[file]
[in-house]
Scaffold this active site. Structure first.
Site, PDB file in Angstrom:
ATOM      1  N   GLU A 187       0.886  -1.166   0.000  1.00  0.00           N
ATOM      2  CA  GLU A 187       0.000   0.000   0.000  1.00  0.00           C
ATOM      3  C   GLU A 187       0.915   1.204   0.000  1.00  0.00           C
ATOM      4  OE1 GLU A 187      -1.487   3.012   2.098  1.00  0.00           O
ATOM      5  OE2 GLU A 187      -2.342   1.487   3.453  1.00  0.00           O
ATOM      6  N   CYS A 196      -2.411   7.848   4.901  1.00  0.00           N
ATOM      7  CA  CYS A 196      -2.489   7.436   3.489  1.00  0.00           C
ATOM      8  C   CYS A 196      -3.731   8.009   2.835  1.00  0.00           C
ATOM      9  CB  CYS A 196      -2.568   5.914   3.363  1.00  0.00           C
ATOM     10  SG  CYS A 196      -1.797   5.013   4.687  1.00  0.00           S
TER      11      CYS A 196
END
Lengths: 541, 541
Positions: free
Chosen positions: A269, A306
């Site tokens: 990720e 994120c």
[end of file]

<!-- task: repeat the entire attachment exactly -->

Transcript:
[in-house]
Scaffold this active site. Structure first.
Site, PDB file in Angstrom:
ATOM      1  N   GLU A 187       0.886  -1.166   0.000  1.00  0.00           N
ATOM      2  CA  GLU A 187       0.000   0.000   0.000  1.00  0.00           C
ATOM      3  C   GLU A 187       0.915   1.204   0.000  1.00  0.00           C
ATOM      4  OE1 GLU A 187      -1.487   3.012   2.098  1.00  0.00           O
ATOM      5  OE2 GLU A 187      -2.342   1.487   3.453  1.00  0.00           O
ATOM      6  N   CYS A 196      -2.411   7.848   4.901  1.00  0.00           N
ATOM      7  CA  CYS A 196      -2.489   7.436   3.489  1.00  0.00           C
ATOM      8  C   CYS A 196      -3.731   8.009   2.835  1.00  0.00           C
ATOM      9  CB  CYS A 196      -2.568   5.914   3.363  1.00  0.00           C
ATOM     10  SG  CYS A 196      -1.797   5.013   4.687  1.00  0.00           S
TER      11      CYS A 196
END
Lengths: 541, 541
Positions: free
Chosen positions: A269, A306
């Site tokens: 990720e 994120c």